Hyundai Walking Car will Rescue Tsunami, Earthquake Victims (photos and video)

ROTIMI ASHER

Imagine a driverless car capable of rescuing victims of Tsunami, Earthquake and similar disasters. A car capable of walking and changing to driving mode, that is drive on the road like any other usual car; that’s what Hyundai’s walking car concept, the ELEVATE, is about.

Starring at the ongoing CES 2019 event holding at Las Vegas , Hyundai walking car concept is truly the future of the first responder industry.

Inside the Elevate, passengers would experience a vehicle fully engineered to tackle the roughest terrain comfortably. Engineering enhancements include: Robotic legs with five degrees of freedom plus in-wheel propulsion; Ability to walk in mammalian and reptilian style gaits for omnidirectional motion; Capable of climbing a five foot vertical wall; Step over a five foot gap;Non-back drivable motors enable the legs to lock in any position and Modular electric vehicle platform.

Any first responder will tell you that the first 72 hours following a natural disaster are the most crucial to saving lives. However, often times due to the nature of the disaster (forest fire, earthquake, hurricane, or flood), it can be difficult for search-and-rescue and humanitarian aid missions to reach and get immediate help to those in need.

The Hyundai Elevate demonstrates its mammalian walking gaits

The need for efficient, rapid, resilient transportation for disaster assistance is what led Hyundai to develop the first-ever vehicle with moveable legs. Elevate is the first Ultimate Mobility Vehicle (UMV), blending technology found in electric cars and robots, which allows it to traverse terrain beyond the limitations of even the most capable off-road vehicle.

“When a tsunami or earthquake hits, current rescue vehicles can only deliver first responders to the edge of the debris field. They have to go the rest of the way by foot. Elevate can drive to the scene and climb right over flood debris or crumbled concrete,” said John Suh, Hyundai vice president and head of Hyundai CRADLE. “This technology goes well beyond emergency situations – people living with disabilities worldwide that don’t have access to an ADA ramp could hail an autonomous Hyundai Elevate that could walk up to their front door, level itself, and allow their wheelchair to roll right in – the possibilities are limitless.”

The Hyundai Elevate Concept in action after an earthquake.

The Elevate concept is based on a modular EV platform with the capability to switch out different bodies for specific situations. The robotic leg architecture has five degrees of freedom plus wheel hub propulsion motors and is enabled by the latest in electric actuator technology. This design is uniquely capable of both mammalian and reptilian walking gaits, allowing it to move in any direction. The legs also fold up into a stowed drive-mode, where power to the joints is cut, and the use of an integrated passive suspension system maximizes battery efficiency.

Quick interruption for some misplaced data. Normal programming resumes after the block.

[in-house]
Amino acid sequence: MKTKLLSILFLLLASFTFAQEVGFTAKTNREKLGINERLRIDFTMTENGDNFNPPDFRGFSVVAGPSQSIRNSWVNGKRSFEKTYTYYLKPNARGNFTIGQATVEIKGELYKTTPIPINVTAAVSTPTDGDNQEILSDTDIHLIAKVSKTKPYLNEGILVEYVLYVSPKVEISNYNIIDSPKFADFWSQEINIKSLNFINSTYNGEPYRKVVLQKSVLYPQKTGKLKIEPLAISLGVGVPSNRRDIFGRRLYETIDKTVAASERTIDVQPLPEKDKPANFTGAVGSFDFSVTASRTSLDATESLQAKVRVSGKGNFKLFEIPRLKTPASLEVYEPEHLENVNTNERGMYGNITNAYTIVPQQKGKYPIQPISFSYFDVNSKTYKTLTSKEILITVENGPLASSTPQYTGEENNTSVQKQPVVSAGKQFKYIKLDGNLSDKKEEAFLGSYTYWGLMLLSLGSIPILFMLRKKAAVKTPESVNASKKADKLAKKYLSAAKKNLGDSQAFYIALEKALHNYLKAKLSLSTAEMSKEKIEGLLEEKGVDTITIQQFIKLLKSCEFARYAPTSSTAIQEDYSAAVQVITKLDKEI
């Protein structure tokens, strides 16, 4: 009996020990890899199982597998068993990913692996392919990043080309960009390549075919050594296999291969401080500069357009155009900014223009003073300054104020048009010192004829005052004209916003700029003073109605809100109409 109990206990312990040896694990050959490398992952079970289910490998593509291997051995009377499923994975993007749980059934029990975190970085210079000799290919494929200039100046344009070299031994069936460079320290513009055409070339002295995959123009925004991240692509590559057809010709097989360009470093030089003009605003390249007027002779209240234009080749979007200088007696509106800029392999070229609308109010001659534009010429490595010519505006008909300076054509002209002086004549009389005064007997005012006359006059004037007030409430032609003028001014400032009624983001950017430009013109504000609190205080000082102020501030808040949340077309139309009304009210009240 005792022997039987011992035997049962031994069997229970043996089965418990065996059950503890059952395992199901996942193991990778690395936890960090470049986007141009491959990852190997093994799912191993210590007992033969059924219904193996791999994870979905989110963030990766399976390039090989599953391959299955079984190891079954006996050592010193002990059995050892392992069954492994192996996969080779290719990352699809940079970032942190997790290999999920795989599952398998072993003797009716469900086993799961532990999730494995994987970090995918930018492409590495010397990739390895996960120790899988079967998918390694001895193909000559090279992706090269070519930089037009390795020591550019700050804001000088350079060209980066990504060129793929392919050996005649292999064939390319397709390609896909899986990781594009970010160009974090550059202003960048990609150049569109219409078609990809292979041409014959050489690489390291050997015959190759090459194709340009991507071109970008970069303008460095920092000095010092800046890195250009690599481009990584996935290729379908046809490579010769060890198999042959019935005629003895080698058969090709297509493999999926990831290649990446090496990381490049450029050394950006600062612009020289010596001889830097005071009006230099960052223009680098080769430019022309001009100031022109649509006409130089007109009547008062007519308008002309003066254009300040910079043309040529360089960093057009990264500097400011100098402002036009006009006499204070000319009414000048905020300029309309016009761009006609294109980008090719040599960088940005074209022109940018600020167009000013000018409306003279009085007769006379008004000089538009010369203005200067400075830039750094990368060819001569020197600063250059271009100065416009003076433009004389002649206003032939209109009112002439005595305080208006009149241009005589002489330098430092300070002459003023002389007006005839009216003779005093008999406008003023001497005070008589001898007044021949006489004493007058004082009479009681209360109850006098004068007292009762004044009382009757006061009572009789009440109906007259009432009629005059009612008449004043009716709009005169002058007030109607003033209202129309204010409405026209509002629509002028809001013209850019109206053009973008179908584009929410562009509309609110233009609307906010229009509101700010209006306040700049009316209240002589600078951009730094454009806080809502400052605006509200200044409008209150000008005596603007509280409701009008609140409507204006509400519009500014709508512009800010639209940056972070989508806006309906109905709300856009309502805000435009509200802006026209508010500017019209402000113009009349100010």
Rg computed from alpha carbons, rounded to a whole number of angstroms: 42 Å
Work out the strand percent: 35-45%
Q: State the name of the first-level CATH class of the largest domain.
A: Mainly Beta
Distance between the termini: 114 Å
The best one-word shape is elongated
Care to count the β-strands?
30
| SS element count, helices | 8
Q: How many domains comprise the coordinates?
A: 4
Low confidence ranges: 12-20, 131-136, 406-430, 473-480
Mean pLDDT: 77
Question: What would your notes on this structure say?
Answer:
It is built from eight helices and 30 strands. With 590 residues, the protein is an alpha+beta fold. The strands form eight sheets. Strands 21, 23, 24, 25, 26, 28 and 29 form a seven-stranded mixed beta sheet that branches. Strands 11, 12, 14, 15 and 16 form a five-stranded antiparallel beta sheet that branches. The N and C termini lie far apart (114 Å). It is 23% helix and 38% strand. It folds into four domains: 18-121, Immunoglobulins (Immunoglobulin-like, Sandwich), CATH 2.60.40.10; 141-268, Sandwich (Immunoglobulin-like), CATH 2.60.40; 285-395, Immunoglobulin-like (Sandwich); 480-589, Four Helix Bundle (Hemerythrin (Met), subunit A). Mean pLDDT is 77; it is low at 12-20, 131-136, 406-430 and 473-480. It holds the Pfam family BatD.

This allows Elevate to drive at highway speeds just like any other vehicle. But no other can climb a five foot wall, step over a five foot gap, walk over diverse terrain, and achieve a 15 foot wide track width, all while keeping its body and passengers completely level. Further, the combination of wheeled motion with articulating legs provides a new paradigm of mobility by enabling faster walking speeds, unique dynamic driving postures and torsional control at the end of each leg.

The Hyundai Elevate Concept helps a person get to a doctor appointment in a city.

A Hyundai Elevate climbs itself out of a snow covered ditch.

“We have been working with Sundberg-Ferar on the Elevate Concept for almost three years now,” added Suh. “Elevate is part of our various ‘Last-Mile’ technologies and solutions and it also has ‘Last-100 Feet’ capability too.”

Hyundai CRADLE is Hyundai Motor’s corporate venturing and open innovation business, which partners and invests extensively in prominent global startups to accelerate the development of advanced future automotive technologies. CRADLE identifies newly established startups that focus, amongst others, on ‘Disruptive Innovations’, including mobility services, artificial intelligence, robotics, smart energy solutions, smart city and cyber security.

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